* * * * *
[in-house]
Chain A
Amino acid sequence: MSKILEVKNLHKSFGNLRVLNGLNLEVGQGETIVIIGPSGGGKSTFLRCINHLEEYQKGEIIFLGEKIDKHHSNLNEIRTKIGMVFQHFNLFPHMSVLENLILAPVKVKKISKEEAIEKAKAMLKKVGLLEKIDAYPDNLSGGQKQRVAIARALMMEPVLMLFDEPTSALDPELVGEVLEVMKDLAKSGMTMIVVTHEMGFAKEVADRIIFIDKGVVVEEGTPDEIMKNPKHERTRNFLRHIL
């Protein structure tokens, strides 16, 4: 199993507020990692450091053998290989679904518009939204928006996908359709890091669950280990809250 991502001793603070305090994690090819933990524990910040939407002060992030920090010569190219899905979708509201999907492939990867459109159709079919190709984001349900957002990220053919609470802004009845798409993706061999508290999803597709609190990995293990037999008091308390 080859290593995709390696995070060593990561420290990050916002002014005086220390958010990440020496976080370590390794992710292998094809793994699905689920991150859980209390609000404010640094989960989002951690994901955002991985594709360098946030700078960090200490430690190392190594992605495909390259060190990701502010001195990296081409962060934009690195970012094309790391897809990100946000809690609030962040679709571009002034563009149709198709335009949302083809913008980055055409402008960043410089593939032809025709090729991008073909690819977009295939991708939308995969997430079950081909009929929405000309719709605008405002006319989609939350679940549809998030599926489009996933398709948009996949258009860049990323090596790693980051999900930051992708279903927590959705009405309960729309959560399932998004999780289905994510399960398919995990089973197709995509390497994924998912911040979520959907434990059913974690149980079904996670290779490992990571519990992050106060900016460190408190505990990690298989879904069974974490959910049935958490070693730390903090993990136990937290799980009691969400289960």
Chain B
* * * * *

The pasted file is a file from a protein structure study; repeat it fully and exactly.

[in-house]
Chain A
Amino acid sequence: MSKILEVKNLHKSFGNLRVLNGLNLEVGQGETIVIIGPSGGGKSTFLRCINHLEEYQKGEIIFLGEKIDKHHSNLNEIRTKIGMVFQHFNLFPHMSVLENLILAPVKVKKISKEEAIEKAKAMLKKVGLLEKIDAYPDNLSGGQKQRVAIARALMMEPVLMLFDEPTSALDPELVGEVLEVMKDLAKSGMTMIVVTHEMGFAKEVADRIIFIDKGVVVEEGTPDEIMKNPKHERTRNFLRHIL
């Protein structure tokens, strides 16, 4: 199993507020990692450091053998290989679904518009939204928006996908359709890091669950280990809250 991502001793603070305090994690090819933990524990910040939407002060992030920090010569190219899905979708509201999907492939990867459109159709079919190709984001349900957002990220053919609470802004009845798409993706061999508290999803597709609190990995293990037999008091308390 080859290593995709390696995070060593990561420290990050916002002014005086220390958010990440020496976080370590390794992710292998094809793994699905689920991150859980209390609000404010640094989960989002951690994901955002991985594709360098946030700078960090200490430690190392190594992605495909390259060190990701502010001195990296081409962060934009690195970012094309790391897809990100946000809690609030962040679709571009002034563009149709198709335009949302083809913008980055055409402008960043410089593939032809025709090729991008073909690819977009295939991708939308995969997430079950081909009929929405000309719709605008405002006319989609939350679940549809998030599926489009996933398709948009996949258009860049990323090596790693980051999900930051992708279903927590959705009405309960729309959560399932998004999780289905994510399960398919995990089973197709995509390497994924998912911040979520959907434990059913974690149980079904996670290779490992990571519990992050106060900016460190408190505990990690298989879904069974974490959910049935958490070693730390903090993990136990937290799980009691969400289960």
Chain B